El Rojo, 1st with sb 357 the serial number will be on the brass and the bullet so picked up brass could spread at a crime scene. Ab 352 is for handguns that stamp a serial number on the brass. As for there being ammo and serialized bullets available from what I have read all the major ammo manufacturers want nothing to do with it because of the cost of retooling and the cost of the ammo will be way too high. So is some outside company going to step up and make this overpriced ammo? How long do you think the FFL's are going to be in business trying to sell guns that use very expensive ammo let alone sell the ammo itself. I don't know where you live but there are very few firearm dealers near me anymore just because it is so hard to do business in this state. So your local dealer goes under so where do you buy this ammo? Over the internet, no because it has to be registered through a dealer. Maybe a ban isn't the right word, how about a slow death? Mark

El Rojo
June 23, 2005, 09:23 PM
How long do you think the FFL's are going to be in business trying to sell guns that use very expensive ammo let alone sell the ammo itself.That is a good point. If you have nothing to shoot out of it, do you still want to buy a gun? Well since this only effects the handgun crowd, there will still be plenty of rifles and shotguns for sale. So we wouldn't die just yet.

SB 357 has nothing to do with brass. It is simply an ID number on bullets. (simply, that wasn't supposed to be a joke, but it turned into one) So under SB 357 brass will not come into play. Heck even with the microstamping required under AB 352, this doesn't apply to curious and relics, so there will still be other handguns you can bring in, and more importantly it won't apply to the million of handguns already in the state. So they can pick up my brass all they want, because my brass isn't going to have microstamping on it.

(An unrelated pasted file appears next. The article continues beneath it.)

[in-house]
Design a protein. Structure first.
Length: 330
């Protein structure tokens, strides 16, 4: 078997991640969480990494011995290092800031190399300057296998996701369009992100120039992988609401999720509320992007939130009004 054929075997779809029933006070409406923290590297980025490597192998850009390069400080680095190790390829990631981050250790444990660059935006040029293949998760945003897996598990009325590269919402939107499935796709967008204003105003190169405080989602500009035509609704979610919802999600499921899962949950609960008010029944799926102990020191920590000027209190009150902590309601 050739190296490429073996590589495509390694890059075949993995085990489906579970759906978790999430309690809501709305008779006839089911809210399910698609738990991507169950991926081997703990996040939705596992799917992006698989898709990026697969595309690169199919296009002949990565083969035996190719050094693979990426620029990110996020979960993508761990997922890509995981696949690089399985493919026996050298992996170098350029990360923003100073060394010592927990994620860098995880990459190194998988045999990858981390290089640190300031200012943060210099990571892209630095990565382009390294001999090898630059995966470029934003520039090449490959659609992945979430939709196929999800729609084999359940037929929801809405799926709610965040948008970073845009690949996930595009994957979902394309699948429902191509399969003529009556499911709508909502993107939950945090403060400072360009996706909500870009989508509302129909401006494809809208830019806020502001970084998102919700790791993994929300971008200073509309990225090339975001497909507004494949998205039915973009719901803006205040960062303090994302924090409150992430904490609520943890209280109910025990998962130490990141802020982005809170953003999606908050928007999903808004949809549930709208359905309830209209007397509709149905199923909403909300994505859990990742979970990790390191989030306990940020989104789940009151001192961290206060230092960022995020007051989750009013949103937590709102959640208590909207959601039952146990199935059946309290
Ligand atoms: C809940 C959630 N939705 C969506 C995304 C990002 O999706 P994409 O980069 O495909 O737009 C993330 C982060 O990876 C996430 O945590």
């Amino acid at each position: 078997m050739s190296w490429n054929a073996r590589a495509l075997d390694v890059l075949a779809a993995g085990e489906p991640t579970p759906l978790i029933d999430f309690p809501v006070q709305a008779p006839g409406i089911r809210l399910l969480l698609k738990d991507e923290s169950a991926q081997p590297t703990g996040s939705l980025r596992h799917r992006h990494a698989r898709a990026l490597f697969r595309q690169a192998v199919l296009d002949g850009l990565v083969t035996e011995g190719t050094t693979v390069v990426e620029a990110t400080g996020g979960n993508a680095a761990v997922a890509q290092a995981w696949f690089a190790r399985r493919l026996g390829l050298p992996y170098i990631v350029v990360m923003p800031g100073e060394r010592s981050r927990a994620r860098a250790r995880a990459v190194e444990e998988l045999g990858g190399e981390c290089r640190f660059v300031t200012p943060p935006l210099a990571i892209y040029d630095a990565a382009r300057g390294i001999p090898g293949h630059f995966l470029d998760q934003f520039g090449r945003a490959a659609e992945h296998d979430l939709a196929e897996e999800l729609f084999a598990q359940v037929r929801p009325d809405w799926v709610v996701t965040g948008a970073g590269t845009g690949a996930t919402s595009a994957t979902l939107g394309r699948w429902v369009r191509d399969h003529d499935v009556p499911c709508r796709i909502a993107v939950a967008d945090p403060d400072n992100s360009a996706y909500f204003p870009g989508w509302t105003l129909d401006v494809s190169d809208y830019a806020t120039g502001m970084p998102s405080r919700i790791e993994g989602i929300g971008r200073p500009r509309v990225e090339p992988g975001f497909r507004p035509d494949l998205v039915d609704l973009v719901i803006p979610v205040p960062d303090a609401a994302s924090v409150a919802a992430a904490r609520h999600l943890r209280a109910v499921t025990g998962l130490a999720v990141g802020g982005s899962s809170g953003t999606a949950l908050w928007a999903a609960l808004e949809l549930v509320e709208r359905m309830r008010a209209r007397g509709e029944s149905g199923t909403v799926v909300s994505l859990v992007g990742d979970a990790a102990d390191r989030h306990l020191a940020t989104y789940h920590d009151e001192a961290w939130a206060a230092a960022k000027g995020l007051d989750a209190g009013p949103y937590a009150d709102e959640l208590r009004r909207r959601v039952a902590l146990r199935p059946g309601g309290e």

I can tell you what whill happen if SB 357 goes through. There is going to be a huge amount of non-compliance and most likely a black market. The worst thing about SB 357 is it will apply to all .22LR ammo!!! :what: Maybe I should get a .17 HMR afterall.

There is one manufacturer out there that is willing to make the bullets with the numbers on them. They are the geniuses who introduced this to the liberals in charge and they are the reason the anti-gunners can get away with saying the technology is available. If this thing passes, I might just buy some of their stock.

Brett Bellmore
June 23, 2005, 09:43 PM
Well since this only effects the handgun crowd

As I read the bill, all ammo that could be used in a handgun must be serialized. And it doesn't say it has to be a mass production handgun, either. So, as a practical matter, if there are any rounds out there that no custom gun currently is capable of firing, I suppose they could pay somebody to tool one or two up. And, bingo! It's handgun ammo.

So it effects everybody but the shotgunners.

R.H. Lee
June 23, 2005, 10:19 PM
You can still buy serialized bullets and reload them 50 at a time. No, you cannot buy serialized bullets because NOBODY MAKES THEM.
Sheesh.

El Rojo
June 24, 2005, 12:01 AM
No, you cannot buy serialized bullets because NOBODY MAKES THEM.